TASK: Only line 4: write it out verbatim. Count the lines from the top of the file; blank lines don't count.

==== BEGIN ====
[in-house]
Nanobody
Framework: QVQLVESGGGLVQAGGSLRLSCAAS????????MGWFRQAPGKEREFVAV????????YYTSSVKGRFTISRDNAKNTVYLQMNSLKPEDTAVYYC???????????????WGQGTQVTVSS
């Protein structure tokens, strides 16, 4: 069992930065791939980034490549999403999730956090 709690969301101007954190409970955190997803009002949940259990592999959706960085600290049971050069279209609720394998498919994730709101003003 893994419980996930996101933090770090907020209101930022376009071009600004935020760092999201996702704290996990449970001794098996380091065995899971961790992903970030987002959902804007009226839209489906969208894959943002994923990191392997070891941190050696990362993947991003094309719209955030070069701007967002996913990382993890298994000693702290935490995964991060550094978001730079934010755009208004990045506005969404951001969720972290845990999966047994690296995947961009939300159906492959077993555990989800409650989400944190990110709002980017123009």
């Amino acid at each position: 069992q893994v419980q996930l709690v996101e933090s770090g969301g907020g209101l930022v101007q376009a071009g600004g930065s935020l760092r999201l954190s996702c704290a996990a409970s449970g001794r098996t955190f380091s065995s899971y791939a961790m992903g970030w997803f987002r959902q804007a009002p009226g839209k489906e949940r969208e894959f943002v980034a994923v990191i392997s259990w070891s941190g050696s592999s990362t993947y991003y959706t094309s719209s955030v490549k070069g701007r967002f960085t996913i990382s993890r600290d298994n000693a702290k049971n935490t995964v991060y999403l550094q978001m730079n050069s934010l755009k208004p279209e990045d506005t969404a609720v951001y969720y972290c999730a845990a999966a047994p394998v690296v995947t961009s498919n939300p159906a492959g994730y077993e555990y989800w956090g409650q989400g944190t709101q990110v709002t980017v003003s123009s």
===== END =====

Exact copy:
């Protein structure tokens, strides 16, 4: 069992930065791939980034490549999403999730956090 709690969301101007954190409970955190997803009002949940259990592999959706960085600290049971050069279209609720394998498919994730709101003003 893994419980996930996101933090770090907020209101930022376009071009600004935020760092999201996702704290996990449970001794098996380091065995899971961790992903970030987002959902804007009226839209489906969208894959943002994923990191392997070891941190050696990362993947991003094309719209955030070069701007967002996913990382993890298994000693702290935490995964991060550094978001730079934010755009208004990045506005969404951001969720972290845990999966047994690296995947961009939300159906492959077993555990989800409650989400944190990110709002980017123009």